JAS June Experience review: Jon Batiste, Michael McDonald, Earth, Wind & Fire and Tower of Power at Jazz Aspen June Experience | AspenTimes.com

JAS June Experience review: Jon Batiste, Michael McDonald, Earth, Wind & Fire and Tower of Power at Jazz Aspen June Experience

Jon Batiste soars, Michael McDonald underwhelms, Earth, Wind & Fire and Tower of Power keep the crowd energized at JAS Junefest

Jon Batiste spent much of his Jazz Aspen set perfroming from the audience. Here, he plays the melodica beside Brenda Massetti and Ken Murphy, who were visiting from New York.
Lynn Goldsmith/Special to The Aspen Times |

It opened with the youthful face of the future of popular jazz and ended with the iconic horn section that founded “Oakland soul” nearly five decades ago. In between, it showcased oldies and new sounds from living legends — the 2017 Jazz Aspen June Experience offered both a nostalgic look back and a glimpse of what’s to come.

Though the festival was headlined nightly by pop music legends with longer resumes and bigger hits, Jon Batiste’s performance will be the one to remember out of this Junefest.

He and his band, Stay Human, opened the festival Friday, playing to a sparsely filled Benedict Music Tent. As the festival crowd dallied on the lawn outside and the seats slowly filled up, Batiste strutted through the aisles playing “Amazing Grace” on his melodica, greeting fans and slapping hands.

From there, he and his three-man band launched into an audacious and playful set that ranged from the children’s song “If You’re Happy and You Know It” to Beethoven’s “Fur Elise.” In between, Batiste sang Louis Armstrong’s “What a Wonderful World” and played his buoyant original composition “Kindergarten,” and jumped into an extended percussion jam that saw drummer Joe Saylor smash a tambourine center-stage. There was a sincere rendition of “The Star-Spangled Banner” and the anthem of Batiste’s hometown New Orleans, “When the Saints Go Marching In.” It wrapped up with Batiste and his band back in the crowd. Batiste moved easily between his Steinway piano, a Hammond B-3 organ, the drums and onto the seats at the Benedict with his melodica in hand.

The adventurous performance bridged pop music and traditional jazz, covered some avant-garde territory and welcomed everybody into Batiste’s sandbox to play. Batiste has limited time to tour — he and Stay Human are in New York taping “The Late Show with Stephen Colbert” four nights a week year-round — but hopefully he’ll become a regular onstage around here. He was the ideal headliner to keep the “jazz” in Jazz Aspen at this year’s June festival.

On Sunday a 10-piece version of Tower of Power opened with singer Marcus Scott asking the Sunday evening audience, “Do you wanna hear the horns?” Scott, who joined the band just last year, proved a perfect emcee, band leader and interpreter of the Tower of Power catalog. He took a note from Batiste and spent a lot of time in the audience, serenading the ladies and keeping fans up and dancing.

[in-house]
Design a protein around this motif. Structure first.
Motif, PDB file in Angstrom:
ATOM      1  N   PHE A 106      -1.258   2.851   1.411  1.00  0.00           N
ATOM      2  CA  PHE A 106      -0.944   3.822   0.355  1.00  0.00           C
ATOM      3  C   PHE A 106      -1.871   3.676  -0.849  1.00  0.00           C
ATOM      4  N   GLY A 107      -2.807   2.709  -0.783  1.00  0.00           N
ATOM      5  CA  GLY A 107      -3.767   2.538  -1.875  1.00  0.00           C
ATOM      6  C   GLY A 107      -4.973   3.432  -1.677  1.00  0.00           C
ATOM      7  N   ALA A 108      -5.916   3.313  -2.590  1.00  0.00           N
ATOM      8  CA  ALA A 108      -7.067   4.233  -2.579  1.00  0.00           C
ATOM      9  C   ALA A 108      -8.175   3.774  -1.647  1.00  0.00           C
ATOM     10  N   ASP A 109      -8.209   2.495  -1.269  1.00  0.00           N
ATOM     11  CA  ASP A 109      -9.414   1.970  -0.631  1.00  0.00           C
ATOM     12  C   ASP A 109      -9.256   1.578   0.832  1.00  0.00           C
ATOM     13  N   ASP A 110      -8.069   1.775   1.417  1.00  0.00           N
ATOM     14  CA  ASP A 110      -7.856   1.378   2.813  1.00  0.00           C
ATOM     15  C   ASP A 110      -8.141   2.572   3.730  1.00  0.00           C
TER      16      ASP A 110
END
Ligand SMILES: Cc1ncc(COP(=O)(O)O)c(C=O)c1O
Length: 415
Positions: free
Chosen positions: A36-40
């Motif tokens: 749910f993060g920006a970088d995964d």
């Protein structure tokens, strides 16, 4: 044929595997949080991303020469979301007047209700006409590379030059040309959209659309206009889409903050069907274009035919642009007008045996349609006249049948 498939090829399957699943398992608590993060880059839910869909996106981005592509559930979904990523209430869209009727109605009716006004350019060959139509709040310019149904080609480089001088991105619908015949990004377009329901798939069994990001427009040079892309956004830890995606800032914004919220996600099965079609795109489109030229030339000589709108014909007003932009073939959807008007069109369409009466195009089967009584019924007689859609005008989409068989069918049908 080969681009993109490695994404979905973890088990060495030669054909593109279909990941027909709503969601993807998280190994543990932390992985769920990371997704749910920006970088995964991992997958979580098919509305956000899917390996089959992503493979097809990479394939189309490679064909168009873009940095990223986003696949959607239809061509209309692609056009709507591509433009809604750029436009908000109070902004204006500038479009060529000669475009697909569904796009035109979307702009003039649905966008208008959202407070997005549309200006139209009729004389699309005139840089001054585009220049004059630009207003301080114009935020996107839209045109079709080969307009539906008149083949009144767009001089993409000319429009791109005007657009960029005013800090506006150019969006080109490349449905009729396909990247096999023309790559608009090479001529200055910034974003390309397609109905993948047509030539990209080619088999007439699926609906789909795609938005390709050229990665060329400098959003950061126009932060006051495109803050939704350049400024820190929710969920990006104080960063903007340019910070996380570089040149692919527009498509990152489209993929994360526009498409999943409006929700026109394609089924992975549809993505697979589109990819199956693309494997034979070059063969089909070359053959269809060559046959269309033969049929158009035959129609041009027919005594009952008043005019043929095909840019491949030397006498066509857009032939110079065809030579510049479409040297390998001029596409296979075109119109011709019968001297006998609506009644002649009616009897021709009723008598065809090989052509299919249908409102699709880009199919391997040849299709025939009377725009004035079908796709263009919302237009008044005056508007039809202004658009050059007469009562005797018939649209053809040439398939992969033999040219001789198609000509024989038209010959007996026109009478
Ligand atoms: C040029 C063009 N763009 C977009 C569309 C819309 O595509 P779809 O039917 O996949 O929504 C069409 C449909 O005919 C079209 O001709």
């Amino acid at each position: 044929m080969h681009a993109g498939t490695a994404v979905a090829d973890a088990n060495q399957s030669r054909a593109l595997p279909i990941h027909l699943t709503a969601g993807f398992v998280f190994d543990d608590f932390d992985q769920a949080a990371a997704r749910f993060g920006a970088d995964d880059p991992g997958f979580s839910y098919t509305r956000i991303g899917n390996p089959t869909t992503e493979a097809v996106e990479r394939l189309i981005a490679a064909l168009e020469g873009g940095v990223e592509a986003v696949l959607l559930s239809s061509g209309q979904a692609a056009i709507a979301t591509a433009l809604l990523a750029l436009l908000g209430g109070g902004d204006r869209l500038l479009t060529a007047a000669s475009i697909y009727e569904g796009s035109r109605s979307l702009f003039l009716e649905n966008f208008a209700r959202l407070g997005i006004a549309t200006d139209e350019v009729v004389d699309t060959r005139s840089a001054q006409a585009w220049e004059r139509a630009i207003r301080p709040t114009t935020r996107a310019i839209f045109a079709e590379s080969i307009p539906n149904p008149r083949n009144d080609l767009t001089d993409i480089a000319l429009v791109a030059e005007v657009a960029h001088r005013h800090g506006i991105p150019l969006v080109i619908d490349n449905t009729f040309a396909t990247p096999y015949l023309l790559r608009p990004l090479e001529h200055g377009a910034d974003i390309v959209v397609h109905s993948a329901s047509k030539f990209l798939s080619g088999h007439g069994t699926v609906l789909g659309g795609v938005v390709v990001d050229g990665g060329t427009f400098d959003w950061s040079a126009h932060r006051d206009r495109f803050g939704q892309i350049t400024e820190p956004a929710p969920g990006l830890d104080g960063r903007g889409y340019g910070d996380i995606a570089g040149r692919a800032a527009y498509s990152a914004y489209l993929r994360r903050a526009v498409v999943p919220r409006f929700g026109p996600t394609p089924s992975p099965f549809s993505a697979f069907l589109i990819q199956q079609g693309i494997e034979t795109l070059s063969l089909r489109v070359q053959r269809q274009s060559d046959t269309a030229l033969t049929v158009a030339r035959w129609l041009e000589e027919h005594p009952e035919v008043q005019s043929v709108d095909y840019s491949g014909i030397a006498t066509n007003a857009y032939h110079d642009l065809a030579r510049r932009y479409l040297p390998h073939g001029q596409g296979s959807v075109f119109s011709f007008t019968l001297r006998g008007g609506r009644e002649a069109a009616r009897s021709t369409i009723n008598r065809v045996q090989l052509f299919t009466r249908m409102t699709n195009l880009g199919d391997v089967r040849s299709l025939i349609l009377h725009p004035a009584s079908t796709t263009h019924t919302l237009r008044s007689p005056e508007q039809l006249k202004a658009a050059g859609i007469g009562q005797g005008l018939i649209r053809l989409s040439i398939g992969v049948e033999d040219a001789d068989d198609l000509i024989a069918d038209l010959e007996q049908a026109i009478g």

But the legendary five-man horn section — including founding members Emilio Castillo and Doc Kupka on sax — was still the star of the show, playing over-powering takes on “We Came to Play” and “Soul with a Capital ‘S’” and, of course, “What is Hip?” along with lesser known songs and some slow jams.

And the dependably crowd-pleasing Earth, Wind & Fire brought a 12-member version that included original members Verdine White on bass, Philip Bailey on vocals and Ralph Johnson playing percussion. White, as always, emerged as the star of the show. The 65-year-old, decked out in sparkled and sequined aqua blue pants and a pirate shirt that he tore open by concert’s end, spun and kicked and danced his way through this joyous hit parade. Bailey wowed as well, his voice growing more powerful through the night and hitting the big, long high notes on “After the Love is Gone.” They backloaded their set with crowd-pleasers, tearing through a double encore that included “September,” “Let’s Grove,” “Fantasy” and “In the Stone” and leaving the nearly sold-out audience dancing in the streets of the West End.

In Michael McDonald’s hotly anticipated headlining set Friday night, the singer and his six-man band sounded nearly perfect but leaned too heavily on brand-new songs. In the midst of a fascinating resurgence with a new generation of fans, McDonald is due to release “Wide Open” in September. It’s his first album of originals in 17 years, and he’s clearly excited to showcase the new songs.

But how much can a hitmaker like McDonald expect an audience to get up for unreleased songs they’ve never heard?

His set opened with the Doobie Brothers’ “It Keeps You Runnin’” and “Little Darling,” along with his solo hits “Sweet Freedom” and “I Keep Forgettin’” before veering into the new material that mostly underwhelmed and constituted the bulk of his 90-minute set. (The new track “Free a Man,” played with wild improvisatory style, was the high point of the new stuff). He came back to the oldies at the set’s conclusion with “On My Own” and a roaring encore of “Takin’ it to the Streets.”

At this point in his career, McDonald can do whatever he wants, of course. He left no doubt that he’s got a stellar band behind him and that the 65-year-old’s iconic voice is remarkably intact. As an artist, he’s been invigorated by his big year and recent collaboration with the bassist Thundercat. But still, any fan walking away from the show — not having heard the songs they hoped to ­— had to be disappointed.


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